Do you want to invest in property but lack the capital needed? Don’t be dismayed, here’s our top ways to drum up the cash needed.
Save, save, save!
It may not sound the most original of ideas, but it’s one of the most straightforward, controllable, predictable and risk averse.
Keep yourself on track by monitoring your spending so you’re aware of all your outgoings, then find ways to reduce it as far as you can. You’ll find you can save a lot by being shrewd about spending. For example, you could move somewhere smaller or cheaper to save on rent, cancel surplus costs such as Sky TV or gym membership.
You could also set up a regular direct debit from your wage to a savings account so you don’t see the money to spend in the first place. You may think it’s impossible, but it’s certainly not inconceivable that you can squeeze more from your money than you currently think. If property investment means a lot to you, be prepared to be uncomfortable for a while in order to make it real.
Use your time effectively while you're saving and read about property every day and make as many contacts in the industry as you can. It'll make you a better investor when the time comes, and it'll keep you motivated when your cost-saving initiatives begin to test you.
Rent Rooms In Your Home
A popular way to raise money on your own home is to rent out a spare room –the first £7,500 you receive is tax-free.
Websites such as Spareroom.co.uk, can help you find a lodger, or there may be international students who need somewhere to stay. You could even specify that you only want someone who'll stay Monday-Friday if you want some privacy at weekends. You’ll get higher returns by renting your room through a short-term lettings site like Airbnb, but this will require more work.
You’ll find you have to spend time corresponding with potential visitors, checking people in and out and dealing with cleaning on a regular basis, but the profits can be very high if you live in popular tourist area.
Borrow Against Your Own Home
If you have little in the way of cash, but lots of equity in your own home then it may be worth considering extending your mortgage to release the cash to invest elsewhere. Anxious if this is the right thing to do? It depends on whether you would rather start investing earlier or have the security of paying down your personal mortgage.
If you do decide to go down this route, consider the fact that some mortgage providers will be happy for you to borrow more against your house in order to invest in property, others won't – you'll need to check with your lender or broker.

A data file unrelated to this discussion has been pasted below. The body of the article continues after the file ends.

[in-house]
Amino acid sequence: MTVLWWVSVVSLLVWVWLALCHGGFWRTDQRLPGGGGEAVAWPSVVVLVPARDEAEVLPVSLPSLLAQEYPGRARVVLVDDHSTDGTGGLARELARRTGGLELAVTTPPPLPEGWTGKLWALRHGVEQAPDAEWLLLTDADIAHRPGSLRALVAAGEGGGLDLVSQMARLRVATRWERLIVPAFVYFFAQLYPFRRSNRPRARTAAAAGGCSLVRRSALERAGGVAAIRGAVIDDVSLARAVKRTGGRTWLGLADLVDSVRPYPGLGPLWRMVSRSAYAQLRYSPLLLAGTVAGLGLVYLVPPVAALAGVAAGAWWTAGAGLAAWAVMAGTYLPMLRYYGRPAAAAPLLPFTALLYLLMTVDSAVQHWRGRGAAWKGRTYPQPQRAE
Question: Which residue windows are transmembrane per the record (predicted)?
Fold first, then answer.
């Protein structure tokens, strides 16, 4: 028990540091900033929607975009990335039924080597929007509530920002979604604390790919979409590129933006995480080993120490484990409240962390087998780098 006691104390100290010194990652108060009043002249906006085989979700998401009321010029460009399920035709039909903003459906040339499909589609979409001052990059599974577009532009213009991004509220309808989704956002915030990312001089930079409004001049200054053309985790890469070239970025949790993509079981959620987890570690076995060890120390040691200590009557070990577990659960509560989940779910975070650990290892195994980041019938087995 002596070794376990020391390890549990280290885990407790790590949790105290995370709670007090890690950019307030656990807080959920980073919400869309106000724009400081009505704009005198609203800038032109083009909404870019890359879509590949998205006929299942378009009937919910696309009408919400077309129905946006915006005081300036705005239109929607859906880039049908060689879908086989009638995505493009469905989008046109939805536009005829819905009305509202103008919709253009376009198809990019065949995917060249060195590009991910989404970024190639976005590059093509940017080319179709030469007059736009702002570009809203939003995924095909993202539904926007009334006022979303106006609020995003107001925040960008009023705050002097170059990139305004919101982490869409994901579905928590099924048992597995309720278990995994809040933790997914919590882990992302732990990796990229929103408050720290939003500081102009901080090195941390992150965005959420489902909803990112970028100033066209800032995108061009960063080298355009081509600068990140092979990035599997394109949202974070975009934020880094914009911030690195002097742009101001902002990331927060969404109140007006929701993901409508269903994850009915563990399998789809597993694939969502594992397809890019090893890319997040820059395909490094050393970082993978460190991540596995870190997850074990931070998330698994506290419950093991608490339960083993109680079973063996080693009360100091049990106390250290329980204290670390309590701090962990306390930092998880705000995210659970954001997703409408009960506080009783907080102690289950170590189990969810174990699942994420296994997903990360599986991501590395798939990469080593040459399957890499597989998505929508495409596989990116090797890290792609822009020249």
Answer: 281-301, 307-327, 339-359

It’s worth also noting that mortgages on your own home tend to be the cheapest debt you'll ever have, but it does mean that the property you buy will be effectively 100% mortgaged – so you'll have to check carefully that you'll be cashflow positive after repayments. Lastly your residential mortgage will be assessed based on your income, so you'll need to be able to show enough earnings to tap into that equity.
Start A Property Business
This idea is a little different but making money to plug your capital gap is not to be sniffed at.
It's unlikely to provide instant gratification, because it usually takes a couple of years to establish and make a reliable income. But if you've got the time and inclination to do it alongside your normal job, any profit you make is extra money that can all go towards your property investments.
A unique and related way of doing this could be to actually start a business in property. You could for instance start a property sourcing business, where you find discounted property deals and sell them on to other investors for a fee.
Of course it’s easier said than done and will involve lots of time and commitment, but if it does work you have the benefit of earning money, developing the same skills you'll need to invest yourself, and building your network at the same time.
Borrow A Deposit
You could consider borrowing money from a relative. This is difficult territory to navigate and is not generally advised due to the high stakes involved, however if you have a relative you know well and trust and you can provide them with a compelling business case and written contracts, there’s a chance it could work.
It’s worth a shot if you have those relationships to draw on.
Invest With Friends Or Family
One more difficult option to consider is investing with your family or friends, rather than borrowing. This option bears the caveat that it can be difficult maintaining relationships close while being financially involved together.
You’ll need to make sure you’re both completely in tune with what you want to achieve and have everything down in writing for it to carry any chance of success.